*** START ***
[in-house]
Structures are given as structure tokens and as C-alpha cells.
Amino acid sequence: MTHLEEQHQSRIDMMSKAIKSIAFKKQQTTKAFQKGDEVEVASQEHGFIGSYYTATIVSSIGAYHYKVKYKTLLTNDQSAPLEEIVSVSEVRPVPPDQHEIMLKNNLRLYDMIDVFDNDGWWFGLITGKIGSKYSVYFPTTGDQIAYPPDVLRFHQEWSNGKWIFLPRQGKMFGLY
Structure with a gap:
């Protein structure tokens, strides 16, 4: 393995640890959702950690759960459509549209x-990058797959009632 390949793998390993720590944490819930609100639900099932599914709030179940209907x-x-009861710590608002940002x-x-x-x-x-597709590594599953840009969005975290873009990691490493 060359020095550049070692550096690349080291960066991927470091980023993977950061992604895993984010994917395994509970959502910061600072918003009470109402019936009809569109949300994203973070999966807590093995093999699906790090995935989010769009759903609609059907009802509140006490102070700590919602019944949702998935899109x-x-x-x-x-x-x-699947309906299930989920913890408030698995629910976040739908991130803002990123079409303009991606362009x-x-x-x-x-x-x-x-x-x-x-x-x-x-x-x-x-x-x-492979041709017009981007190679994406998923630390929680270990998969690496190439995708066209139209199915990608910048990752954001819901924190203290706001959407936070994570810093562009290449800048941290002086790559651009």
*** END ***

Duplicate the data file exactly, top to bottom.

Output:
[in-house]
Structures are given as structure tokens and as C-alpha cells.
Amino acid sequence: MTHLEEQHQSRIDMMSKAIKSIAFKKQQTTKAFQKGDEVEVASQEHGFIGSYYTATIVSSIGAYHYKVKYKTLLTNDQSAPLEEIVSVSEVRPVPPDQHEIMLKNNLRLYDMIDVFDNDGWWFGLITGKIGSKYSVYFPTTGDQIAYPPDVLRFHQEWSNGKWIFLPRQGKMFGLY
Structure with a gap:
């Protein structure tokens, strides 16, 4: 393995640890959702950690759960459509549209x-990058797959009632 390949793998390993720590944490819930609100639900099932599914709030179940209907x-x-009861710590608002940002x-x-x-x-x-597709590594599953840009969005975290873009990691490493 060359020095550049070692550096690349080291960066991927470091980023993977950061992604895993984010994917395994509970959502910061600072918003009470109402019936009809569109949300994203973070999966807590093995093999699906790090995935989010769009759903609609059907009802509140006490102070700590919602019944949702998935899109x-x-x-x-x-x-x-699947309906299930989920913890408030698995629910976040739908991130803002990123079409303009991606362009x-x-x-x-x-x-x-x-x-x-x-x-x-x-x-x-x-x-x-492979041709017009981007190679994406998923630390929680270990998969690496190439995708066209139209199915990608910048990752954001819901924190203290706001959407936070994570810093562009290449800048941290002086790559651009």